Thailand (/ˈtaɪlænd/ TY-land), officially the Kingdom of Thailand and formerly known as Siam, is a unitary state at the center of the Southeast Asian Indochinese peninsula composed of 76 provinces. At 513,120 km2 and over 68 million people, Thailand is the world’s 50th largest country by total area and the 21st-most-populous country.
The capital and largest city is Bangkok, a special administrative area. Thailand is bordered to the north by Myanmar and Laos, to the east by Laos and Cambodia, to the south by the Gulf of Thailand and Malaysia, and to the west by the Andaman Sea and the southern extremity of Myanmar. Its maritime boundaries include Vietnam in the Gulf of Thailand to the southeast, and Indonesia and India on the Andaman Sea to the southwest. Although nominally a constitutional monarchyand parliamentary democracy, the most recent coup in 2014 established a de facto military dictatorship.
Tai peoples migrated from southwestern China to mainland Southeast Asia from the 11th century; the oldest known mention of their presence in the region by the exonym Siamese dates to the 12th century. Various Indianised kingdoms such as the Mon, the Khmer Empireand Malay states ruled the region, competing with Thai states such as Ngoenyang, the Sukhothai Kingdom, Lan Na and the Ayutthaya Kingdom, which rivaled each other. European contact began in 1511 with a Portuguese diplomatic mission to Ayutthaya, one of the great powers in the region. Ayutthaya reached its peak during cosmopolitan Narai’s reign (1656–88), gradually declining thereafter until being ultimately destroyed in 1767. Taksin quickly unified the fragmented territory and established short-lived Thonburi Kingdom. He was succeeded by Buddha Yodfa Chulaloke, the first monarch of the Chakri dynasty and founder of the Rattanakosin Kingdom in 1782.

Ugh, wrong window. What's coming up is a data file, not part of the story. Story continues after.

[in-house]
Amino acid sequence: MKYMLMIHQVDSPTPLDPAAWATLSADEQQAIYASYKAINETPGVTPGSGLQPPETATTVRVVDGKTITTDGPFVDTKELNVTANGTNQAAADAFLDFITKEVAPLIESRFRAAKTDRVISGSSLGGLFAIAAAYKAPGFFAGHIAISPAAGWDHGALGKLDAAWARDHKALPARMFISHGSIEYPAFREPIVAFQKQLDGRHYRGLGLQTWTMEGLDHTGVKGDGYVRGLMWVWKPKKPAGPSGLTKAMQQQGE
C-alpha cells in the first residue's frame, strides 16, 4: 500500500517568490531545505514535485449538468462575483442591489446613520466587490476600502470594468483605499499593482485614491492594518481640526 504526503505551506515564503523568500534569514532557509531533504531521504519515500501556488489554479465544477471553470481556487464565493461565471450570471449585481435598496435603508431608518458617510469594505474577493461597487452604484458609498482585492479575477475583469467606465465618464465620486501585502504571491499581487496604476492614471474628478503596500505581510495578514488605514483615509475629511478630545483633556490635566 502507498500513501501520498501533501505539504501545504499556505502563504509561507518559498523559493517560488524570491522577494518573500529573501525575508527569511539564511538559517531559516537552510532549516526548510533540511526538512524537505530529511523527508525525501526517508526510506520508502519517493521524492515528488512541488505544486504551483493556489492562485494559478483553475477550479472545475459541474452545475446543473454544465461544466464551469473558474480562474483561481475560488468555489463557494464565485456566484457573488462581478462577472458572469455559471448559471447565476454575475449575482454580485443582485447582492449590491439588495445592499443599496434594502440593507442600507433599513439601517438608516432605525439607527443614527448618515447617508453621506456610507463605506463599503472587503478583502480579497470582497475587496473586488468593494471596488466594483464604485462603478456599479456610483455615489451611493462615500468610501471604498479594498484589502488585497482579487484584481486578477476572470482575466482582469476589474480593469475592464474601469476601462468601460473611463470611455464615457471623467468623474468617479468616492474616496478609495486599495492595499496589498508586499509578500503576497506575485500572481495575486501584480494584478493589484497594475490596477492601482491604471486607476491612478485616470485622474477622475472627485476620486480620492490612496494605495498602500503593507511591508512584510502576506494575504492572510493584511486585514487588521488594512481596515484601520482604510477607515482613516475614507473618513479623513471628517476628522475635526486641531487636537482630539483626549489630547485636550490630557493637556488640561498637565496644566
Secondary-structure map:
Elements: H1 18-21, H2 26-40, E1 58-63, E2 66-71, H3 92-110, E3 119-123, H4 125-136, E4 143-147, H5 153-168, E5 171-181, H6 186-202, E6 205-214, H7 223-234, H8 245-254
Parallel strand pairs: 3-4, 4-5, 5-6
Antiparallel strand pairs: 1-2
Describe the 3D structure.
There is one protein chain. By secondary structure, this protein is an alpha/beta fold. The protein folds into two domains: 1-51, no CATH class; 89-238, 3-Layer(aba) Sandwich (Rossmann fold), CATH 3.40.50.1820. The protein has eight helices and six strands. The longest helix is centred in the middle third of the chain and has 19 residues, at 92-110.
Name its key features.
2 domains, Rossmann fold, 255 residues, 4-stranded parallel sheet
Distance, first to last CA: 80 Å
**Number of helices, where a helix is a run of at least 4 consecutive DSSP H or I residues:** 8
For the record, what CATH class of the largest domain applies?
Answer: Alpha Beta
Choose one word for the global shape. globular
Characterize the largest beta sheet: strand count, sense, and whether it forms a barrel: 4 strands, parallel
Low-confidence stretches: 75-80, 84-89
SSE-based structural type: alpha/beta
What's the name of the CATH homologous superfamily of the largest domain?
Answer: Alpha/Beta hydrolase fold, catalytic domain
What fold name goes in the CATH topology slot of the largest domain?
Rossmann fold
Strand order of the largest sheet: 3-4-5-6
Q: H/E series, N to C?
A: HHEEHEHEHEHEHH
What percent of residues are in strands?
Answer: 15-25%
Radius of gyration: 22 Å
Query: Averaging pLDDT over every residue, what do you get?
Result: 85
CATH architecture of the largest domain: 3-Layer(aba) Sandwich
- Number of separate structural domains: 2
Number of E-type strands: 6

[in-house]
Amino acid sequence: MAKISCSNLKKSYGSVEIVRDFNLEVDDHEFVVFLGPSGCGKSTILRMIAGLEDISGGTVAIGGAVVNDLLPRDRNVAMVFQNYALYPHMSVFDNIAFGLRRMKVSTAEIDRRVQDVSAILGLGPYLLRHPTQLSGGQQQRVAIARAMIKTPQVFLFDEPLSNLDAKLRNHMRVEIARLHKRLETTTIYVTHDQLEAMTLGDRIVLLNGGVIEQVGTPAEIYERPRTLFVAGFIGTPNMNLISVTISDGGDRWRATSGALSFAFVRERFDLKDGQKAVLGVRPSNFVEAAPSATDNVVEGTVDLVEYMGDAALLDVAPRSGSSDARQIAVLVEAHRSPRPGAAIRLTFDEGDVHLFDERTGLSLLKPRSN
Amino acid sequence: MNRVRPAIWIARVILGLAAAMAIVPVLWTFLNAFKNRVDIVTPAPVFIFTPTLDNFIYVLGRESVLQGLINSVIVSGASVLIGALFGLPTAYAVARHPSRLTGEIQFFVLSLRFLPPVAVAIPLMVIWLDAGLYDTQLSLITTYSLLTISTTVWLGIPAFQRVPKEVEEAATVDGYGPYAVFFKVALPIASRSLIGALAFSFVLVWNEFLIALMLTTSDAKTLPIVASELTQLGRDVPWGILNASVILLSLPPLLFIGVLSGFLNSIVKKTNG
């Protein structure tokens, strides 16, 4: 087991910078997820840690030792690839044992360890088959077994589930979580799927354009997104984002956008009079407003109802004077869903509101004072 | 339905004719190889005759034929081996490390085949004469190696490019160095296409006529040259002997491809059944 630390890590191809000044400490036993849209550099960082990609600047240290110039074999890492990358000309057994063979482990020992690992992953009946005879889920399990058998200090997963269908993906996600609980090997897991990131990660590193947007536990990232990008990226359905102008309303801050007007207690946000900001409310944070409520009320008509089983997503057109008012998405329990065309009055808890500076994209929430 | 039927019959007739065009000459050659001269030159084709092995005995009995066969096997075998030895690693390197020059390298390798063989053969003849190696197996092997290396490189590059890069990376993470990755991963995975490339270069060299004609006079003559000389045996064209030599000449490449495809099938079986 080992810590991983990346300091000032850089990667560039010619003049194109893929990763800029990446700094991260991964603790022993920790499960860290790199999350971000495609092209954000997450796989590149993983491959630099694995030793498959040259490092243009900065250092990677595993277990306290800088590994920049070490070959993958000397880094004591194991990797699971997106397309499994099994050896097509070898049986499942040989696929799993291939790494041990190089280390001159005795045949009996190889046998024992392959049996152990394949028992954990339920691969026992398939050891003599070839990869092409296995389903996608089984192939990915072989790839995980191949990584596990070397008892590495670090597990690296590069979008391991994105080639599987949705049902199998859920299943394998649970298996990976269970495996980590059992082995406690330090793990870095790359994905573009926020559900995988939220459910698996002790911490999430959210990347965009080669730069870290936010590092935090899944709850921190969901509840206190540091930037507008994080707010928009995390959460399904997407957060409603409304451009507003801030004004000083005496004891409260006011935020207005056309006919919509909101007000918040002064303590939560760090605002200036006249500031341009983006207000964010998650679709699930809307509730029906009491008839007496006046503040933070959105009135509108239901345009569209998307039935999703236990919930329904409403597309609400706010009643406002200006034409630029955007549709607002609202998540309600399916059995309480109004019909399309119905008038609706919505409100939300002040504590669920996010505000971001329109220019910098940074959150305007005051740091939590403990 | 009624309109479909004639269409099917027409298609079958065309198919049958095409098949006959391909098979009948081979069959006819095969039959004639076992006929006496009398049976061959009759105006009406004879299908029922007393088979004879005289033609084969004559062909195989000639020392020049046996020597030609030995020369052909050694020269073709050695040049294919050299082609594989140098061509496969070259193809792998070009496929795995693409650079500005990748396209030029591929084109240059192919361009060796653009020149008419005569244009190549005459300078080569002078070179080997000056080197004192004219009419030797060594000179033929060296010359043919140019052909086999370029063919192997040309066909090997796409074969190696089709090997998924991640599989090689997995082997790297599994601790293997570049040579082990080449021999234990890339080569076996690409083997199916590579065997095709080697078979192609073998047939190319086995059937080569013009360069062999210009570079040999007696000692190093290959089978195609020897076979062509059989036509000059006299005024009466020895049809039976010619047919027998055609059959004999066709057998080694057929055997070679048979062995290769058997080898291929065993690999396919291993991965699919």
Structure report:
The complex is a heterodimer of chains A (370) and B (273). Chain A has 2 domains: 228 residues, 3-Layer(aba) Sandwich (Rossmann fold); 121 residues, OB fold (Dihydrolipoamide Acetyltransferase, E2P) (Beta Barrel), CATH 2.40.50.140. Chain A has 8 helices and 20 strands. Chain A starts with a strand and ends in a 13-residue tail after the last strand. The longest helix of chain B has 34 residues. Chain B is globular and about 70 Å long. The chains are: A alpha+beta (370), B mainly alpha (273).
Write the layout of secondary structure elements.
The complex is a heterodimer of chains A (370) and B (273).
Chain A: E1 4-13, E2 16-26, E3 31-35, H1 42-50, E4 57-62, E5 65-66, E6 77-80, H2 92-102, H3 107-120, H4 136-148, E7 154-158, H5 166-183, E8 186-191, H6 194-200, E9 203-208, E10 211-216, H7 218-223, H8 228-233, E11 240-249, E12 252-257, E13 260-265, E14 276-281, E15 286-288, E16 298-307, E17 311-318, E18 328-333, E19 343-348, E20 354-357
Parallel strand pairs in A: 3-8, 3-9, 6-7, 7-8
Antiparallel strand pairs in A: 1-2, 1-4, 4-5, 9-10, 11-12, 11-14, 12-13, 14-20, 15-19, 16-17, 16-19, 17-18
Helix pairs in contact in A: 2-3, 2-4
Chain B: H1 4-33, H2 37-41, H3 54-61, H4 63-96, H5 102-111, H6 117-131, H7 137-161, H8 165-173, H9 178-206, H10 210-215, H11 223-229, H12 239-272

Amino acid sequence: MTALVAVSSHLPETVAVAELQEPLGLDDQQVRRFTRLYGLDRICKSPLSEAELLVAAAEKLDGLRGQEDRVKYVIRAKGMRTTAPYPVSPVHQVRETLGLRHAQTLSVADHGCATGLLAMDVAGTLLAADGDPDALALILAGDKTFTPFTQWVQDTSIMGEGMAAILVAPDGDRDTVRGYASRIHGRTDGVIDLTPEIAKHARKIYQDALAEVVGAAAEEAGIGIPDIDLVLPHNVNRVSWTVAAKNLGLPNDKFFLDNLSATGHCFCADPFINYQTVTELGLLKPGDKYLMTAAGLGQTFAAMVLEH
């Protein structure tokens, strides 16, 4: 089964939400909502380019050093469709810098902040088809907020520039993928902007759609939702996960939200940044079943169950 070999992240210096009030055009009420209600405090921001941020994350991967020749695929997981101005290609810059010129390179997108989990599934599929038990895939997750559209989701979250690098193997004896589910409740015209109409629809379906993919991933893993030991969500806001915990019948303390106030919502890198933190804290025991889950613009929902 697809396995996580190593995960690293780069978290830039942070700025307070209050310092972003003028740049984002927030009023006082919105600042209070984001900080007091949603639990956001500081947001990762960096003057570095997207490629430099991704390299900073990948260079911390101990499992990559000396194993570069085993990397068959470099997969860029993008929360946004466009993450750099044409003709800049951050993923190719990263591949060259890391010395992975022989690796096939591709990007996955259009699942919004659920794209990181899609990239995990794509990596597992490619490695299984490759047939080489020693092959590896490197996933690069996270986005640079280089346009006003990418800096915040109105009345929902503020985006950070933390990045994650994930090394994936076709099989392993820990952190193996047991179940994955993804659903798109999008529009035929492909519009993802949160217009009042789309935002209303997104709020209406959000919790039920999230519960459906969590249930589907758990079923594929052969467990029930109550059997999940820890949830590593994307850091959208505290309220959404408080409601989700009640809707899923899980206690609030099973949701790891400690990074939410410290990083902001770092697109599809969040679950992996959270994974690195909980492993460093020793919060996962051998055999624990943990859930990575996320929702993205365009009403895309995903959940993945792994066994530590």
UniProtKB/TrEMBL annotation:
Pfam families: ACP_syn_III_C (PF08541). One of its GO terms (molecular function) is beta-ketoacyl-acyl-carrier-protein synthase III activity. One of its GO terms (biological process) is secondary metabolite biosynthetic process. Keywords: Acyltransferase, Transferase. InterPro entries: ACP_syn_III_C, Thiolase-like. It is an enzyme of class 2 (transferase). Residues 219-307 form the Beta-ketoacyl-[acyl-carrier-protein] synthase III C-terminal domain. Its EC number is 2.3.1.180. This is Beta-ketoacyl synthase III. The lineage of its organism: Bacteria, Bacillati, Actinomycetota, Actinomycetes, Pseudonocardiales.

Through the 18th and 19th centuries, Siam faced pressure from France and the United Kingdom, including forced concessions of territory, but it remained the only Southeast Asian country to avoid direct Western rule. Following a bloodless revolution in 1932, Siam became a constitutional monarchy and changed its official name to “Thailand”. While it joined the Allies in World War I, Thailand was an Axis satellite in World War II. In the late 1950s, a military coup revived the monarchy’s historically influential role in politics. Thailand became a major allyof the United States and played a key anti-communist role in the region. Apart from a brief period of parliamentary democracy in the mid 1970s, Thailand has continually alternated between representative democracy and military rule. In the 21st century, Thailand has endured a political crisis that culminated in two coups and the establishment of its current and 20th constitution by the military junta.